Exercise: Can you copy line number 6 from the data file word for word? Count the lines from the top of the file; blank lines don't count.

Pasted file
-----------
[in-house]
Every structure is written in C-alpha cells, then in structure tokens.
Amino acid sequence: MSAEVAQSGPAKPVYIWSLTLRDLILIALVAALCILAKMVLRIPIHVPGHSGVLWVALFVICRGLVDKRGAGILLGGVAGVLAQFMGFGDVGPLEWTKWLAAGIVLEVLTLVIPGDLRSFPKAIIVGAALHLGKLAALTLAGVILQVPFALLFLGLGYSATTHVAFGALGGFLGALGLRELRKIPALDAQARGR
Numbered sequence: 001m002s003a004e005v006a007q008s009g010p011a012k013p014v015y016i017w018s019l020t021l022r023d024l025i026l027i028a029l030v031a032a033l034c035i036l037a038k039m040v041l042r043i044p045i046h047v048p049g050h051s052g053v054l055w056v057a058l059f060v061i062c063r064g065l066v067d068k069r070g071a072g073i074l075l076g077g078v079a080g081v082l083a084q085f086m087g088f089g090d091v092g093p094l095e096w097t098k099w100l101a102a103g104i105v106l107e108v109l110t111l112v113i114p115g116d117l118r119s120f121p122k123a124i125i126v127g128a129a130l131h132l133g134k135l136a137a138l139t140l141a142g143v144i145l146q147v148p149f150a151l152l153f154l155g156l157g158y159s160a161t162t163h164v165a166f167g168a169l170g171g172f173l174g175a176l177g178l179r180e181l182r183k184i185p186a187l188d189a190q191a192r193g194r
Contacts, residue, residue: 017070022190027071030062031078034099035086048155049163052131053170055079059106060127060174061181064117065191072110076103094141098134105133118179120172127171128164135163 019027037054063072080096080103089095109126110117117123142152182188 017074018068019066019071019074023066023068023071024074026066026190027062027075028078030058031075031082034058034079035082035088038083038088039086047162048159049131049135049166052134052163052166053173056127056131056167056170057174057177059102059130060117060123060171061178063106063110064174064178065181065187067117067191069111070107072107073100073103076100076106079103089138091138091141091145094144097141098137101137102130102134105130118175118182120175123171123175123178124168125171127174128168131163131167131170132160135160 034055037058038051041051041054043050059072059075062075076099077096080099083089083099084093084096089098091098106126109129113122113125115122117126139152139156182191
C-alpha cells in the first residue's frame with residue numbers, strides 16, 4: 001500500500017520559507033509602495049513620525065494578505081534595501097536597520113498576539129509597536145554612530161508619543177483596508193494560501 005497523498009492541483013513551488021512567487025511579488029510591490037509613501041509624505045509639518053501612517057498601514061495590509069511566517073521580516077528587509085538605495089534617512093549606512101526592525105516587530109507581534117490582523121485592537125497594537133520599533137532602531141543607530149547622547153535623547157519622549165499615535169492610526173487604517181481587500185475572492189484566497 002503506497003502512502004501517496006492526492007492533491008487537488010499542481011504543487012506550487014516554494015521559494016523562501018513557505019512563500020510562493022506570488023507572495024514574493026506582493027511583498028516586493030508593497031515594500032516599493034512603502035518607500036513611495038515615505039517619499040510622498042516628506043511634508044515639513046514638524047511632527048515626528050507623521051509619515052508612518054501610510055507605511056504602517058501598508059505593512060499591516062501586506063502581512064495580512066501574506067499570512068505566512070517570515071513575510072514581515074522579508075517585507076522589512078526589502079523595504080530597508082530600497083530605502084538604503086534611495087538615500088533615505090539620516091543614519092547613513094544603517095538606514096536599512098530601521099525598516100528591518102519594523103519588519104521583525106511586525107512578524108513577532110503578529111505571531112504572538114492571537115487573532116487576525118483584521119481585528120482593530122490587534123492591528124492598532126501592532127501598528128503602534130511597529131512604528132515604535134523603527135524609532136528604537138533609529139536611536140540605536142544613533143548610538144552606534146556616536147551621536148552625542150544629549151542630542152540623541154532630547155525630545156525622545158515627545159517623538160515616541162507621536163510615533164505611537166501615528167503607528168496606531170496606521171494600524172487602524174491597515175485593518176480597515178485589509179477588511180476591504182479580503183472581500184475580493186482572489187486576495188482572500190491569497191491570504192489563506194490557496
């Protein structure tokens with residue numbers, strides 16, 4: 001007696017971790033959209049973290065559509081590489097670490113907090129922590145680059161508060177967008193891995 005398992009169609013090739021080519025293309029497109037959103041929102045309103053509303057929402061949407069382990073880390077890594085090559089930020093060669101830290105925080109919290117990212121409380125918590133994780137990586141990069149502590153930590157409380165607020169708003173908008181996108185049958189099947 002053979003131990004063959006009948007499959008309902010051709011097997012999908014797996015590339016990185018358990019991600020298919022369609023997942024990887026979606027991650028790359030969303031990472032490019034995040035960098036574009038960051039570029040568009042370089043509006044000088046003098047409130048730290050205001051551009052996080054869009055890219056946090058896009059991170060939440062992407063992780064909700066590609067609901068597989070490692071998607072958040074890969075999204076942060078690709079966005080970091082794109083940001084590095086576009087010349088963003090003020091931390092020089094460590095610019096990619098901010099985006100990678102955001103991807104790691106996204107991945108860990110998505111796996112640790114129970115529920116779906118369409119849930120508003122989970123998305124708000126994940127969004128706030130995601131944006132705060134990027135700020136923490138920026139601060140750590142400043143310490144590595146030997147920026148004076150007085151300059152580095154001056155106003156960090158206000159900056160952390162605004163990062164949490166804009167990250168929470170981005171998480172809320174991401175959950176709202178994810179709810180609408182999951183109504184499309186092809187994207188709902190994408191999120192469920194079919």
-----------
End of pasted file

C-alpha cells in the first residue's frame with residue numbers, strides 16, 4: 001500500500017520559507033509602495049513620525065494578505081534595501097536597520113498576539129509597536145554612530161508619543177483596508193494560501 005497523498009492541483013513551488021512567487025511579488029510591490037509613501041509624505045509639518053501612517057498601514061495590509069511566517073521580516077528587509085538605495089534617512093549606512101526592525105516587530109507581534117490582523121485592537125497594537133520599533137532602531141543607530149547622547153535623547157519622549165499615535169492610526173487604517181481587500185475572492189484566497 002503506497003502512502004501517496006492526492007492533491008487537488010499542481011504543487012506550487014516554494015521559494016523562501018513557505019512563500020510562493022506570488023507572495024514574493026506582493027511583498028516586493030508593497031515594500032516599493034512603502035518607500036513611495038515615505039517619499040510622498042516628506043511634508044515639513046514638524047511632527048515626528050507623521051509619515052508612518054501610510055507605511056504602517058501598508059505593512060499591516062501586506063502581512064495580512066501574506067499570512068505566512070517570515071513575510072514581515074522579508075517585507076522589512078526589502079523595504080530597508082530600497083530605502084538604503086534611495087538615500088533615505090539620516091543614519092547613513094544603517095538606514096536599512098530601521099525598516100528591518102519594523103519588519104521583525106511586525107512578524108513577532110503578529111505571531112504572538114492571537115487573532116487576525118483584521119481585528120482593530122490587534123492591528124492598532126501592532127501598528128503602534130511597529131512604528132515604535134523603527135524609532136528604537138533609529139536611536140540605536142544613533143548610538144552606534146556616536147551621536148552625542150544629549151542630542152540623541154532630547155525630545156525622545158515627545159517623538160515616541162507621536163510615533164505611537166501615528167503607528168496606531170496606521171494600524172487602524174491597515175485593518176480597515178485589509179477588511180476591504182479580503183472581500184475580493186482572489187486576495188482572500190491569497191491570504192489563506194490557496